I didn't realize this when I first began clowning. I thought tramp clowns were supposed to be sad. Gradually I began portraying many other emotions in performance. However, when I posed for promotional photos, or drew a color sheet, I always tried to look sad. When I handed something like that out to children after a performance they would look at it in wonder saying, "But you are sad here." In my performance sorrow is the emotion that I portray least so children do not think of Charlie as being sad. So, I have consciously tried to look happy in promotional photos. When I sign my autograph I draw a little self portrait. In the last few years I have even changed that to make it look happy.


At the other end of the spectrum are clowns who are always happy. That can quickly become just as boring. A good interesting character reacts to things around them and responds with the appropriate emotion. This is what breathes life into the character. A character unaffected by their experiences is soulless.


The same is true with routines in a show. Each one has an emotional quality. The emotion portrayed by the entertainer is just one part. The more important element is the emotion felt by the audience. I try to elicit different emotions from the audience. I want them to feel wonder, but I discovered that if I continually try to amaze them while doing close up magic the effectiveness soon decreases. So, I'll vary the emotional quality. After I do an effect that gets an especially strong reaction of awe, I pause a moment to let them enjoy that, and then do something that is more humorous. Then a little later I perform another routine that impresses them.


Like a composer writing for an orchestra, I vary my instruments as well as my notes. I use juggling, magic, trick cartoons, origami, pantomime, and sometimes spoken routines, to create my piece of art. I find that each is suited best for specific types of notes.


How many emotional notes do you hit as your character? How many emotional notes do you hit with your routines? What emotions do you want your audience to experience? What instruments do you use to play your notes? How can you arrange them into the most pleasing composition?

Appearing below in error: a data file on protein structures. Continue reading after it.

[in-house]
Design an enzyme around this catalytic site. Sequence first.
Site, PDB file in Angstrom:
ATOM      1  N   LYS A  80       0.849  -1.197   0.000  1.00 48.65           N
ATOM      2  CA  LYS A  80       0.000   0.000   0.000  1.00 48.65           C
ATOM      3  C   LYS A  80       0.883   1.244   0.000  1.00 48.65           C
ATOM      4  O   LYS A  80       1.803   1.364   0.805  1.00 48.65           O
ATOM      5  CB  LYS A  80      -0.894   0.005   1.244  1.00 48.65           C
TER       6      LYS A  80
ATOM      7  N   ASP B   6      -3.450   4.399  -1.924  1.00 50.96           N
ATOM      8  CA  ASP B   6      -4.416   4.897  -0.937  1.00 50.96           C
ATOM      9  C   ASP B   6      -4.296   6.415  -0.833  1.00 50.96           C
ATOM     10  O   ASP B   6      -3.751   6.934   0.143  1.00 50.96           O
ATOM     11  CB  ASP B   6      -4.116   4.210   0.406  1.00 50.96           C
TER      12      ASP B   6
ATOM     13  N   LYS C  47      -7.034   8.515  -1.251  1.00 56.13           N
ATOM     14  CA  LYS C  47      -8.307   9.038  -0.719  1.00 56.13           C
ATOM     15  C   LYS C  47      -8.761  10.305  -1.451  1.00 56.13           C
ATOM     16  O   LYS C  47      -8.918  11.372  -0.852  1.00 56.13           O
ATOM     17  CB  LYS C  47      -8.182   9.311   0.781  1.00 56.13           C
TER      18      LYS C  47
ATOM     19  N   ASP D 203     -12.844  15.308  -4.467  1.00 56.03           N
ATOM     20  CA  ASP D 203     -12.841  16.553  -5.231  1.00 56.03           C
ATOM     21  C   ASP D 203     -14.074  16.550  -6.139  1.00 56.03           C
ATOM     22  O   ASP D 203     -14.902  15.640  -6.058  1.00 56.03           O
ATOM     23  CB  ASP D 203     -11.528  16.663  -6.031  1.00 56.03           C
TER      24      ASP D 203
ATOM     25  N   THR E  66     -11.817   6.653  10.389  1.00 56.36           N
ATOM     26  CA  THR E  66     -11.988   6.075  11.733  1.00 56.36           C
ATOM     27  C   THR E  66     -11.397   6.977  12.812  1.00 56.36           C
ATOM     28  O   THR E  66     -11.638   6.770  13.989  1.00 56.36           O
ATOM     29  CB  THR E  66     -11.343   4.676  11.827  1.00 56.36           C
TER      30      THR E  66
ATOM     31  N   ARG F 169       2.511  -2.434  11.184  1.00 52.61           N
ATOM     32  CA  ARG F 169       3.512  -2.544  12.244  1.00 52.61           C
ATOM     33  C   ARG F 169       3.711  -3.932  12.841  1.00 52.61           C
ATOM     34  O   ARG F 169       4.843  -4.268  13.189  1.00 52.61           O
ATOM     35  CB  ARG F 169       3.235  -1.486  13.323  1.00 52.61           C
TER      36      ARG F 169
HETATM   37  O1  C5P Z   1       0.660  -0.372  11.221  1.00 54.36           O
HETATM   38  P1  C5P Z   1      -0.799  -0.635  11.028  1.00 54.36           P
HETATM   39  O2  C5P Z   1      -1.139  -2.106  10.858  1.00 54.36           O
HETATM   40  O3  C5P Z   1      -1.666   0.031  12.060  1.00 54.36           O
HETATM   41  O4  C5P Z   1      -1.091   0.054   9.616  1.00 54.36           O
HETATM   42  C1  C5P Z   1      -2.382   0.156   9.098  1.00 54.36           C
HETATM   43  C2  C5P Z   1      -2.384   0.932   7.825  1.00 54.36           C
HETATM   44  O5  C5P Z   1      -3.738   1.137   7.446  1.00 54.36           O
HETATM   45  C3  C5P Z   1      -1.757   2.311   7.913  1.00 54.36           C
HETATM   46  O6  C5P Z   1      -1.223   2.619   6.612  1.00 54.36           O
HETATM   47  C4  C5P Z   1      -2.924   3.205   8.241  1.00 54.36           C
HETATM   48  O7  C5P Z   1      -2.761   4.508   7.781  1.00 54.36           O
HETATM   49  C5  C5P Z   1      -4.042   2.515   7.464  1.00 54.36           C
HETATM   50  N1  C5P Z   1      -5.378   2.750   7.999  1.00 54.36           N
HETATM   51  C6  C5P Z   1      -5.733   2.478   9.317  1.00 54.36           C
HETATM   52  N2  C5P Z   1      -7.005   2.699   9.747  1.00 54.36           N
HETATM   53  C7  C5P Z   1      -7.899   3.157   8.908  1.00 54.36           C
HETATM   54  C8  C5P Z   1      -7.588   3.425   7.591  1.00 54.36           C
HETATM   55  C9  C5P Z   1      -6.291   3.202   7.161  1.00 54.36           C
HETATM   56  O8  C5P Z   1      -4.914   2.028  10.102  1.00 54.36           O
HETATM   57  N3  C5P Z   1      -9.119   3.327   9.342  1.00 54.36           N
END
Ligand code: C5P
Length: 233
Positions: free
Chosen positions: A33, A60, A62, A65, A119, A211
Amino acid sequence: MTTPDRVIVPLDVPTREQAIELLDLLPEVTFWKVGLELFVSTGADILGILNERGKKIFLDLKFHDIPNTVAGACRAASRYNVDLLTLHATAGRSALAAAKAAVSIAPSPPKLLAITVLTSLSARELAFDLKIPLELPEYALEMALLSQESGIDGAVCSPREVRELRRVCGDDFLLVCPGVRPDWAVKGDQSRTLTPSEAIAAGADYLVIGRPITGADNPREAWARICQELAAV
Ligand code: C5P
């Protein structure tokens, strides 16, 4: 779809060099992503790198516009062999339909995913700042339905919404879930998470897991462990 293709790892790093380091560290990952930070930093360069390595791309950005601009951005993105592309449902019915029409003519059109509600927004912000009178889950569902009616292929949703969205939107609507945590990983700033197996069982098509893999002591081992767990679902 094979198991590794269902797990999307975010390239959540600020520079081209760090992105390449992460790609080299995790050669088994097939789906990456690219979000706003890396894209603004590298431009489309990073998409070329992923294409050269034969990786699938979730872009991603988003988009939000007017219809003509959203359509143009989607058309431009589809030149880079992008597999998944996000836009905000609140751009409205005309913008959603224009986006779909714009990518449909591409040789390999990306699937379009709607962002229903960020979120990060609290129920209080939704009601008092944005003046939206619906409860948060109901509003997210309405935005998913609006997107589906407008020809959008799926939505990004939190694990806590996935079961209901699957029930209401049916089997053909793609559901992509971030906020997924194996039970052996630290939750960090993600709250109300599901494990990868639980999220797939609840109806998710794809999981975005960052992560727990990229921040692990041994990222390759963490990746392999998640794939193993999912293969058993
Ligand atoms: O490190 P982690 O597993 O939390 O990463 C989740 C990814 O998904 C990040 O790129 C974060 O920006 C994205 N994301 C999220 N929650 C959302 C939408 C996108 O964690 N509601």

New Article by Bruce Johnson


I wrote an article titled Modeling and Molding Prop Elements which appears in the September/October 2014 issue of The New Calliope published by Clowns of America International. In the article I explain how I made the scroll work that was part of the circus wagon magic prop I used in the opening night show at the 2014 World Clown Association Convention. The method is something that I learned as a technical theater student in college. It allows you to create and reproduce solid elements for props.


For more information on joining Clowns Of America International, which includes a subscription to The New Calliope go to




Clowns of America International 


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I hope to see you down the road.


Bruce Johnson
Charlie's Creative Comedy
Copyright 2014 by Bruce "Charlie" Johnson.
All rights reserved. 
Educational Opportunities

I believe in promoting any event I will be lecturing at.  If you schedule me for an educational event that you are hosting, I will list it here.  My goal is to do what I can to best meet the needs of you and your group.

 World Clown Association Convention

March 22- 26, 2015

Reno, Nevada


World Clown Association


World Circus Summit

July 14-18, 2015

West Springfield, MA



 World Circus Summit